eDiscovery Daily Blog
Life is Short, But Can Seem Long if You’re a Cheater About to Be Exposed in the Ashley Madison Hack: eDiscovery Trends
One of the most discussed topics at LegalTech® New York 2015 (LTNY) earlier this year was cybersecurity. We’ve started covering some of the trends related to security breaches with posts here, here and here and even my hometown baseball team, the Houston Astros, was recently hacked by a competitor. The latest victims of cyber hacking – the purported 37 million subscribers of the online cheating site AshleyMadison.com – may find little sympathy in their plight.
According to Brian Krebs in Krebs on Security, an authoritative Web site that monitors hacking worldwide, large caches of data have been stolen from the site and some has been posted online by an individual or group that claims to have completely compromised the company’s user databases, financial records and other proprietary information. The breach was confirmed in a statement from Toronto-based Avid Life Media Inc. (ALM*), which owns AshleyMadison as well as related hookup sites Cougar Life and Established Men. ALM stated that “We apologize for this unprovoked and criminal intrusion into our customers’ information” and also claimed that “At this time, we have been able to secure our sites, and close the unauthorized access points.”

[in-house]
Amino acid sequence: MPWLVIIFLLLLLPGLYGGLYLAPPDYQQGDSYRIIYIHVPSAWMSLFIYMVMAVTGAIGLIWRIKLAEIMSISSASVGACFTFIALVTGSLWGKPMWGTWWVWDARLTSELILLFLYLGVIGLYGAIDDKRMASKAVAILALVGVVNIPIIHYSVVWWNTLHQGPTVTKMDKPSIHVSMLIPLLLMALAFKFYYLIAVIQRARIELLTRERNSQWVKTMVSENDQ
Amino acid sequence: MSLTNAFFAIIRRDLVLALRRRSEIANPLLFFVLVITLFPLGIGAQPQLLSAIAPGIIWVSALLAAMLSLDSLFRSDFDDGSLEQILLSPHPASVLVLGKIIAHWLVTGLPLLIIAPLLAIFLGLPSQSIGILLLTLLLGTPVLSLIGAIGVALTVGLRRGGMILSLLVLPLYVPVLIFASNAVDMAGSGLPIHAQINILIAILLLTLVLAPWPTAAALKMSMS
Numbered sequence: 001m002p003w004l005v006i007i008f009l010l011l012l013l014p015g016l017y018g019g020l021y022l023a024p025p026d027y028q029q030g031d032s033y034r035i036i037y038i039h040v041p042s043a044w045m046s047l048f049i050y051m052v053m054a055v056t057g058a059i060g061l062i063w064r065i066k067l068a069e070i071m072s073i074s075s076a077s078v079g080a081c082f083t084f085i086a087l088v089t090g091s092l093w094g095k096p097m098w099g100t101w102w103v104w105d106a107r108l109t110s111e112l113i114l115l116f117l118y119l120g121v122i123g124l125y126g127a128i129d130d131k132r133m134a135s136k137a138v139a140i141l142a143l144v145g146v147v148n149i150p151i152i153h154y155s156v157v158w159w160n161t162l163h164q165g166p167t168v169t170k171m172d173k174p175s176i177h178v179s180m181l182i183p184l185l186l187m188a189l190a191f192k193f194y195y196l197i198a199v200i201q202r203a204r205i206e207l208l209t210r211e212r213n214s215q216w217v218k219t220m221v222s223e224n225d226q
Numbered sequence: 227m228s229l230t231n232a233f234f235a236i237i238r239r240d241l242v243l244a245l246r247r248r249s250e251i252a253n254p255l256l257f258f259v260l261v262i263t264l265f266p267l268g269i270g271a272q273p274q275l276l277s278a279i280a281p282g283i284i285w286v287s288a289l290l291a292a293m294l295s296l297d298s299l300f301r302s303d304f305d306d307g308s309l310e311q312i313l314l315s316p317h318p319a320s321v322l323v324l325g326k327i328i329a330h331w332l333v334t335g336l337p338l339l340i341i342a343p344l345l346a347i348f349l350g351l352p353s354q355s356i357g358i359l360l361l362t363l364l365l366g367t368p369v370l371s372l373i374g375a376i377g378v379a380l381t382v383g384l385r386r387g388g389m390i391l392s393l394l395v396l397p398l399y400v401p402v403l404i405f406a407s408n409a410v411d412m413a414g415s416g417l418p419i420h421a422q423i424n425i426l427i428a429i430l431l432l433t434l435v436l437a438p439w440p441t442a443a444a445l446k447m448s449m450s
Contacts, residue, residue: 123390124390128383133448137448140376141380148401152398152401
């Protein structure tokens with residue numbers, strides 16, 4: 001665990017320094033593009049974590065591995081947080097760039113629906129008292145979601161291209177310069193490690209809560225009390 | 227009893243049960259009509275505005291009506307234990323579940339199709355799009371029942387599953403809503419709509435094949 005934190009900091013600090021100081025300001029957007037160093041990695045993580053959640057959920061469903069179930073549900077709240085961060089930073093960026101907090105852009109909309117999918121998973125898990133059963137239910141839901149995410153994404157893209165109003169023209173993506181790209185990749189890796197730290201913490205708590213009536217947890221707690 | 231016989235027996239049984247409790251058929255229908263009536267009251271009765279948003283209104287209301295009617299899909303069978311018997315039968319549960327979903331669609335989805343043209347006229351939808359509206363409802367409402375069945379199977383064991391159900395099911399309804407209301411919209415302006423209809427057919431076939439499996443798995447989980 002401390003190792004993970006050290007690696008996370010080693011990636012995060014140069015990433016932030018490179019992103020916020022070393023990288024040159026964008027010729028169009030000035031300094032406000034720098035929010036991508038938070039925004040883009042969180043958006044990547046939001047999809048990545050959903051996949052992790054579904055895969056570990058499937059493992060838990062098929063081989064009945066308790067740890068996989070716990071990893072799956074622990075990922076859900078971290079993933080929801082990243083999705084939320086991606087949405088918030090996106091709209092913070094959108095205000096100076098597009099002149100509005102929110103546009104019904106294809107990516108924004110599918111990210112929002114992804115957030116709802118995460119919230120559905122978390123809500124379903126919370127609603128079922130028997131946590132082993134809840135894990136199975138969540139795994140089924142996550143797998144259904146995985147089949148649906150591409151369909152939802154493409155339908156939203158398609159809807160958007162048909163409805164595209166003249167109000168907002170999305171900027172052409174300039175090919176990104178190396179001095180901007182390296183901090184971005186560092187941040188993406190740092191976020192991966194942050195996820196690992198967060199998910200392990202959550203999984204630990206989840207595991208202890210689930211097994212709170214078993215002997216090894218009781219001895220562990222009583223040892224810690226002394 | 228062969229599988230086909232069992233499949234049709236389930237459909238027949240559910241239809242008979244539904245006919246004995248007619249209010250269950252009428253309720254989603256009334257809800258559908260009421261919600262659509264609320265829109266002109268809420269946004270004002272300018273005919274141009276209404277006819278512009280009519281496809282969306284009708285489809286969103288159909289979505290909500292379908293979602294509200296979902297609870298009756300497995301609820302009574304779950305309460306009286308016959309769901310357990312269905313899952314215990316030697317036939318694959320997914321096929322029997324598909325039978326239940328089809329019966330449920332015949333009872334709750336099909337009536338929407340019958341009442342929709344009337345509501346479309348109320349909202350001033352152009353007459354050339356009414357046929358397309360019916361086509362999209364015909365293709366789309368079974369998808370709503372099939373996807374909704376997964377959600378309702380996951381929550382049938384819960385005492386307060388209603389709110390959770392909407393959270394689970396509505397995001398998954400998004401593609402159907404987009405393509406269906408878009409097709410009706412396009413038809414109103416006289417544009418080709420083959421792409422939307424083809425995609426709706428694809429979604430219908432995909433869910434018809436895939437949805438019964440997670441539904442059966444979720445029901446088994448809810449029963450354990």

That’s probably little comfort to the subscribers who have had their personal information compromised.
The hacker or hackers identify themselves as The Impact Team and is threatening to expose all customer records (including “profiles with all the customers’ secret sexual fantasies, nude pictures, and conversations and matching credit card transactions, real names and addresses, and employee documents and emails”) unless ALM takes AshleyMadison and Established Men offline “permanently in all forms.”
As stated in the article in Krebs on Security, “In a long manifesto posted alongside the stolen ALM data, The Impact Team said it decided to publish the information in response to alleged lies ALM told its customers about a service that allows members to completely erase their profile information for a $19 fee.
According to the hackers, although the ‘full delete’ feature that Ashley Madison advertises promises ‘removal of site usage history and personally identifiable information from the site,’ users’ purchase details — including real name and address — aren’t actually scrubbed.” On Monday, ALM said it would offer all users the ability to fully delete their personal information from the site and waive the fee (presumably fully).
Ashley Madison’s slogan is “Life is short. Have an affair.®” For those that have chosen to do so, life may start to seem very long, at least for a while.
So, what do you think? Is there anything that can be done to stem the tide of data breaches throughout the world? Please share any comments you might have or if you’d like to know more about a particular topic.
* Not to be confused with American Lawyer Media, which goes by the same acronym. 🙂
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